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Money, Money, Money

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The House of Representatives Appropriations Committee released its stimulus package today. And education programs are a big winner:

Hot off the presses, here's a copy of the House Education and Labor Committee's release on the education section of the bill:

EDUCATION FOR THE 21st CENTURY
We will put people to work building 21st century classrooms, labs, and libraries to help our kids compete with any worker in the world.

21st Century Classrooms
• School Construction: $20 billion, including $14 billion for K-12 and $6 billion for higher education, for renovation and modernization, including technology upgrades and energy efficiency improvements. Also includes $100 million for school construction in communities that lack a local property tax base because they contain non-taxable federal lands such as military bases or Indian reservations, and $25 million to help charter schools build, obtain, and repair schools.
• Education Technology: $1 billion for 21st century classrooms, including computer and science labs and teacher technology training.

Higher Education: Tuition is up, unemployment is up, and as a result more people are choosing to go to school to upgrade their skills and more of these students need student aid. This investment addresses those short term needs while investing in our nation’s future economic strength.
• Pell Grants: $15.6 billion to increase the maximum Pell Grant by $500, from $4,850 to $5,350.
• College Work-Study: $490 million to support undergraduate and graduate students who work.
• Student Loan Limit Increase: Increases limits on unsubsidized Stafford loans by $2,000.
• Student Aid Administration: $50 million to help the Department of Education administer surging student aid programs while navigating the changing student loan environment.

K-12 Education: As states begin tackling a projected $350 billion in budget shortfalls these investments will prevent cuts to critical education programs and services.
• IDEA Special Education: $13 billion for formula grants to increase the federal share of special education costs and prevent these mandatory costs from forcing states to cut other areas of education.
• Title I Help for Disadvantaged Kids: $13 billion for grants to help disadvantaged kids in nearly every school district and more than half of all public schools reach high academic standards.
• Statewide Data Systems: $250 million for competitive grants to states to design and develop data systems that analyze individual student data to find ways to improve student achievement, providing teachers and administrators with effective tools.
• Education for Homeless Children and Youth: $66 million for formula grants to states to provide services to homeless children including meals and transportation when high unemployment and home foreclosures have created an influx of homeless kids.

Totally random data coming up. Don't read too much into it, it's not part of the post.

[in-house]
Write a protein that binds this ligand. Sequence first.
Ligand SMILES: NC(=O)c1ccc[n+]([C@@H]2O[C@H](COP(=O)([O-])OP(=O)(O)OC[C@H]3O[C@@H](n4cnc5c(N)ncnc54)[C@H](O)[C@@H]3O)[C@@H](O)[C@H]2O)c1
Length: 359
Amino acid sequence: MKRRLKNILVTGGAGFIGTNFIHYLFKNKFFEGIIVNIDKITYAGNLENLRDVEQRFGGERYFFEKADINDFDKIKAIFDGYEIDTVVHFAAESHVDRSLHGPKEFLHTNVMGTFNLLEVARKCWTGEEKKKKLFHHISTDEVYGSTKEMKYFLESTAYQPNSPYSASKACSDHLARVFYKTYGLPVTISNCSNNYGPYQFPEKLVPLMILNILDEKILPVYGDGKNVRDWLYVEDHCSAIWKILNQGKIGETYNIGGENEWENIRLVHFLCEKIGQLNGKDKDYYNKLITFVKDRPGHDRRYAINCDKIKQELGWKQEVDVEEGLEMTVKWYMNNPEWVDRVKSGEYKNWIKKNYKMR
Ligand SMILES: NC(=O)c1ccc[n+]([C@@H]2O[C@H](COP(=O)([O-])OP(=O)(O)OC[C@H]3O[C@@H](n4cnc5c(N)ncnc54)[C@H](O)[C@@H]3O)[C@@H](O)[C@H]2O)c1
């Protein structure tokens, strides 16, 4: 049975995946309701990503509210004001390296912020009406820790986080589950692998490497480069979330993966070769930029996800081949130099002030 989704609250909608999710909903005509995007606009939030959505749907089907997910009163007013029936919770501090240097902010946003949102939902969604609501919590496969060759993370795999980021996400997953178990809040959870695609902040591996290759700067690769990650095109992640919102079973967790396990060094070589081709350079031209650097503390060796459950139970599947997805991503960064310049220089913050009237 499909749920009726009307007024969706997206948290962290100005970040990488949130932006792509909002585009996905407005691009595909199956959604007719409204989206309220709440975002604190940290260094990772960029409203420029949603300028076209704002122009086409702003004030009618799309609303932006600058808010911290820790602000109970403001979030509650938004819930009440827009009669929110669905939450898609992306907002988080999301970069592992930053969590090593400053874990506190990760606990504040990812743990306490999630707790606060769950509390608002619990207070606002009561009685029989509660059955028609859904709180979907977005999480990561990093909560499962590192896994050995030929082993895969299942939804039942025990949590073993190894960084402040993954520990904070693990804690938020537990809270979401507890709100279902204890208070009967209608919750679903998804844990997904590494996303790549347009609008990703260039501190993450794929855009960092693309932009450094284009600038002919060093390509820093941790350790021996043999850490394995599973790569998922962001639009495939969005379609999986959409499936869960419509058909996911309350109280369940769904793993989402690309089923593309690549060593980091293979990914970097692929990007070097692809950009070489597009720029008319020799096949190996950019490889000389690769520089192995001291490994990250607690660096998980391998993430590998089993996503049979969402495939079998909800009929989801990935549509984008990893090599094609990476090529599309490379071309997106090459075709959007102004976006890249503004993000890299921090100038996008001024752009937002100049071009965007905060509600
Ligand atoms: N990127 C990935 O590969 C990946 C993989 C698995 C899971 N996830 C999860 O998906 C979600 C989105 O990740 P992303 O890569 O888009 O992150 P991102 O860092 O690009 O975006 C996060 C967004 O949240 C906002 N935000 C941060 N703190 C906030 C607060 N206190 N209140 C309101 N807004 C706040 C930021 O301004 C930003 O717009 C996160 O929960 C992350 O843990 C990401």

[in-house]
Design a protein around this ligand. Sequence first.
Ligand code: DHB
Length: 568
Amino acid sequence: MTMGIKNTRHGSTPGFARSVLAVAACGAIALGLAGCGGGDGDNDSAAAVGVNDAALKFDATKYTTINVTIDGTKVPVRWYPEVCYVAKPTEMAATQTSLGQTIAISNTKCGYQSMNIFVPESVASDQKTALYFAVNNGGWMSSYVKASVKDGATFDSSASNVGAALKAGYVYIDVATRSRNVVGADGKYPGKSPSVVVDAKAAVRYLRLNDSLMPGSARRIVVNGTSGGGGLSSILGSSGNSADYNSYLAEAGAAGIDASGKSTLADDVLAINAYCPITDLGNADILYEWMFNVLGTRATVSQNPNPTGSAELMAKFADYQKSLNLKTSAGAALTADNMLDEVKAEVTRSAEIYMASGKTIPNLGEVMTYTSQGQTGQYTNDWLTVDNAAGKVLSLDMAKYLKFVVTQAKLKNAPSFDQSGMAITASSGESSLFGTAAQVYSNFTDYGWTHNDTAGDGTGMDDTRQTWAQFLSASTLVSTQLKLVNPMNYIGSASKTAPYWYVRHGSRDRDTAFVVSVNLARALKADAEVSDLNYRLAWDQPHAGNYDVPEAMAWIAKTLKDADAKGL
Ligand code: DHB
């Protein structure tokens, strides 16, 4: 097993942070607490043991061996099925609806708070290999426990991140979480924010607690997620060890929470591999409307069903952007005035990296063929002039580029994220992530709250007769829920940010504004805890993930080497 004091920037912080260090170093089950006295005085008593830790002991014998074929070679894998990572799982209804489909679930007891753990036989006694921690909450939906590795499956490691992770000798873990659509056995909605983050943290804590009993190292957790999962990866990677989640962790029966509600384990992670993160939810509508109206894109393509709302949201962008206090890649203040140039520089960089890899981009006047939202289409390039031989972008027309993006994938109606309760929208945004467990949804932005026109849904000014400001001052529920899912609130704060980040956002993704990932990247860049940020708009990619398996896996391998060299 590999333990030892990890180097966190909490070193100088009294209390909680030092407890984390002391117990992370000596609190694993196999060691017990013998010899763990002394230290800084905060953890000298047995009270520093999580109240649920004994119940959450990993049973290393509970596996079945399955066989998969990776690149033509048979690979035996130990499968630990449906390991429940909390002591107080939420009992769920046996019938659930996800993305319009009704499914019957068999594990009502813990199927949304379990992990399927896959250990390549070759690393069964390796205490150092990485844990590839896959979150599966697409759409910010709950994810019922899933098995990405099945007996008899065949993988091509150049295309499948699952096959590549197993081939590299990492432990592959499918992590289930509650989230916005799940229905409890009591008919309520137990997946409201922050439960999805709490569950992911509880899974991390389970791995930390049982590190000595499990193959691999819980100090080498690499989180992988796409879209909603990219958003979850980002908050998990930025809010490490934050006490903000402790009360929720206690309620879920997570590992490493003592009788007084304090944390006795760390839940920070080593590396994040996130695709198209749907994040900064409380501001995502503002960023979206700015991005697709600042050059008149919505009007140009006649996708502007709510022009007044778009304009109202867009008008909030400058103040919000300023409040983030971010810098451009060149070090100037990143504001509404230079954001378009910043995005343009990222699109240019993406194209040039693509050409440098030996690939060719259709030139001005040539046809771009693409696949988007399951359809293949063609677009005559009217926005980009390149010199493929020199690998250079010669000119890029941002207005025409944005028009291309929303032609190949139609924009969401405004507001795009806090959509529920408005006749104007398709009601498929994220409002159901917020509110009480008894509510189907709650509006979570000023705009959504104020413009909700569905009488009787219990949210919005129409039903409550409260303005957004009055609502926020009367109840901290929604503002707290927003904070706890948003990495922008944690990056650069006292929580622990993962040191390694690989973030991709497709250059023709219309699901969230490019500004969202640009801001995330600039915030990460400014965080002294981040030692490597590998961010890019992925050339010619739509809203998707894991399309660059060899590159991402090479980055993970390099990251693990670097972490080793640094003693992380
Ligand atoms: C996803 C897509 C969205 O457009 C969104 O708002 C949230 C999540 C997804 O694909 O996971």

• Improving Teacher Quality: $300 million, including $200 million for competitive grants to school districts and states to provide financial incentives for teachers and principals who raise student achievement and close the achievement gaps in high-need schools and $100 million for competitive grants to states to address teacher shortages and modernize the teaching workforce.

Early Childhood Development
• Child Care Development Block Grant: $2 billion to provide child care services for an additional 300,000 children in low-income families while their parents go to work. Today only one out of seven eligible children receives care.
• Head Start: $2.1 billion to provide comprehensive development services to help 110,000 additional children succeed in school. Funds are distributed based on need. Only about half of all eligible preschoolers and less than 3 percent of eligible infants and toddlers participate in Head Start.
• IDEA Infants and Families: $600 million for formula grants to help states serve children with disabilities age 2 and younger.

There will also be a $79 billion fund to help prevent cut backs to key services. Of that, $39 billion can go to local school districts, public colleges and universities. Another $25 billion can go to other state priorities, such as public safety, but could also be given to schools.

Democratic congressional staff tells me that the Senate numbers are similar for theTitle I and IDEA. Beyond that, there are some differences. It's unclear whether the Senate will release its bill today or not.

Also, note that the highly qualified teacher section looks suspiciously similar to performance pay. Interesting, no?

3 Comments

If Congress is serious about helping families afford college, they need to include Parent PLUS loans within the category of loans that may be subsidized. As it is now, parents who take these loans out and defer them, will owe interest even if their financial information qualifies their child for subsidized loans.

Parent college loans

It's pretty simple. If President Obama approaches educational reform like every other political leader, (the rhetoric of uniformed and/or unattainable expectations salted with a huge waste of dollars), we'll pretty much know how the next four years are going to go.

If, on the other hand, the Obama administration looks for an funds real solutions, we may have hope that educational (and all other) polices may be more than window dressing.

Here is a link to a document prepared by the Congressional Research Service which estimates the amount of education funding that each school district will receive from certain aspects of the American Recovery and Reinvestment bill.

Mike Kruger
Online Outreach Specialist
House Committee on Education and Labor

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